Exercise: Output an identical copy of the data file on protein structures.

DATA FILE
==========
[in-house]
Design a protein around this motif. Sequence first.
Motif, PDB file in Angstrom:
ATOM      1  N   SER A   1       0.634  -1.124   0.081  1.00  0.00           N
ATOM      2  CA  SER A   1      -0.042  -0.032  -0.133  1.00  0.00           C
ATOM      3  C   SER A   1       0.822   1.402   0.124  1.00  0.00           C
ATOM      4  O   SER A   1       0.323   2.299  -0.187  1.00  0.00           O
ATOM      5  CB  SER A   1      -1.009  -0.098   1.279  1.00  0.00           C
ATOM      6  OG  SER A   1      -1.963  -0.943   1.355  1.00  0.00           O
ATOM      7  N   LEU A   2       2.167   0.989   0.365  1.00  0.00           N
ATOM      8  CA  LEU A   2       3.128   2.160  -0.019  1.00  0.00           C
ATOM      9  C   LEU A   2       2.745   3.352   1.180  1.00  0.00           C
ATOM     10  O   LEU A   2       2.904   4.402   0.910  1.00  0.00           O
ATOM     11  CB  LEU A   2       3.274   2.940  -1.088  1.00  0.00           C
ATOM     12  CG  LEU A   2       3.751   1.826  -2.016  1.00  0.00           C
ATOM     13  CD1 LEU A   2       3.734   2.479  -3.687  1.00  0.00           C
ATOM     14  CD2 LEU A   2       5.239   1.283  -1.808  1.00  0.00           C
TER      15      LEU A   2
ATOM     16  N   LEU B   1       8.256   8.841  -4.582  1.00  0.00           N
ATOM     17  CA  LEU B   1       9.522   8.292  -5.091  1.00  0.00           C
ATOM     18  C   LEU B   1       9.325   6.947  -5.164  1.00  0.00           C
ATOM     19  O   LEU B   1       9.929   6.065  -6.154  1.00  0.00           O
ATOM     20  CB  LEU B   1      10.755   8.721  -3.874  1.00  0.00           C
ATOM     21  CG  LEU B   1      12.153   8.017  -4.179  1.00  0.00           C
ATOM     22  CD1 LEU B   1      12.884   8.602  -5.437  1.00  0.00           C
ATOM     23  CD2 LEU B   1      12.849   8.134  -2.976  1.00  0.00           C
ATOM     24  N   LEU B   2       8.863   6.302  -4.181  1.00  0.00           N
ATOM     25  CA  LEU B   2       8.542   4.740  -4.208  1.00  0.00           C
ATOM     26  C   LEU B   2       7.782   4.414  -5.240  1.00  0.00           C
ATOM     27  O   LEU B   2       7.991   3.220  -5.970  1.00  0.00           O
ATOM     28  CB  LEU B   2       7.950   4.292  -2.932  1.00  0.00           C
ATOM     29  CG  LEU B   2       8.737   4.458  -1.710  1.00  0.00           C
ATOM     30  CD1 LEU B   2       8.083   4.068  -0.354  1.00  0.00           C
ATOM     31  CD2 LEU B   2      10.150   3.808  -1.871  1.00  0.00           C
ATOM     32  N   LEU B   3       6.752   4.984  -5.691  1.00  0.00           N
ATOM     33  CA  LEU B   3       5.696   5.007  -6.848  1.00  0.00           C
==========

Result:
[in-house]
Design a protein around this motif. Sequence first.
Motif, PDB file in Angstrom:
ATOM      1  N   SER A   1       0.634  -1.124   0.081  1.00  0.00           N
ATOM      2  CA  SER A   1      -0.042  -0.032  -0.133  1.00  0.00           C
ATOM      3  C   SER A   1       0.822   1.402   0.124  1.00  0.00           C
ATOM      4  O   SER A   1       0.323   2.299  -0.187  1.00  0.00           O
ATOM      5  CB  SER A   1      -1.009  -0.098   1.279  1.00  0.00           C
ATOM      6  OG  SER A   1      -1.963  -0.943   1.355  1.00  0.00           O
ATOM      7  N   LEU A   2       2.167   0.989   0.365  1.00  0.00           N
ATOM      8  CA  LEU A   2       3.128   2.160  -0.019  1.00  0.00           C
ATOM      9  C   LEU A   2       2.745   3.352   1.180  1.00  0.00           C
ATOM     10  O   LEU A   2       2.904   4.402   0.910  1.00  0.00           O
ATOM     11  CB  LEU A   2       3.274   2.940  -1.088  1.00  0.00           C
ATOM     12  CG  LEU A   2       3.751   1.826  -2.016  1.00  0.00           C
ATOM     13  CD1 LEU A   2       3.734   2.479  -3.687  1.00  0.00           C
ATOM     14  CD2 LEU A   2       5.239   1.283  -1.808  1.00  0.00           C
TER      15      LEU A   2
ATOM     16  N   LEU B   1       8.256   8.841  -4.582  1.00  0.00           N
ATOM     17  CA  LEU B   1       9.522   8.292  -5.091  1.00  0.00           C
ATOM     18  C   LEU B   1       9.325   6.947  -5.164  1.00  0.00           C
ATOM     19  O   LEU B   1       9.929   6.065  -6.154  1.00  0.00           O
ATOM     20  CB  LEU B   1      10.755   8.721  -3.874  1.00  0.00           C
ATOM     21  CG  LEU B   1      12.153   8.017  -4.179  1.00  0.00           C
ATOM     22  CD1 LEU B   1      12.884   8.602  -5.437  1.00  0.00           C
ATOM     23  CD2 LEU B   1      12.849   8.134  -2.976  1.00  0.00           C
ATOM     24  N   LEU B   2       8.863   6.302  -4.181  1.00  0.00           N
ATOM     25  CA  LEU B   2       8.542   4.740  -4.208  1.00  0.00           C
ATOM     26  C   LEU B   2       7.782   4.414  -5.240  1.00  0.00           C
ATOM     27  O   LEU B   2       7.991   3.220  -5.970  1.00  0.00           O
ATOM     28  CB  LEU B   2       7.950   4.292  -2.932  1.00  0.00           C
ATOM     29  CG  LEU B   2       8.737   4.458  -1.710  1.00  0.00           C
ATOM     30  CD1 LEU B   2       8.083   4.068  -0.354  1.00  0.00           C
ATOM     31  CD2 LEU B   2      10.150   3.808  -1.871  1.00  0.00           C
ATOM     32  N   LEU B   3       6.752   4.984  -5.691  1.00  0.00           N
ATOM     33  CA  LEU B   3       5.696   5.007  -6.848  1.00  0.00           C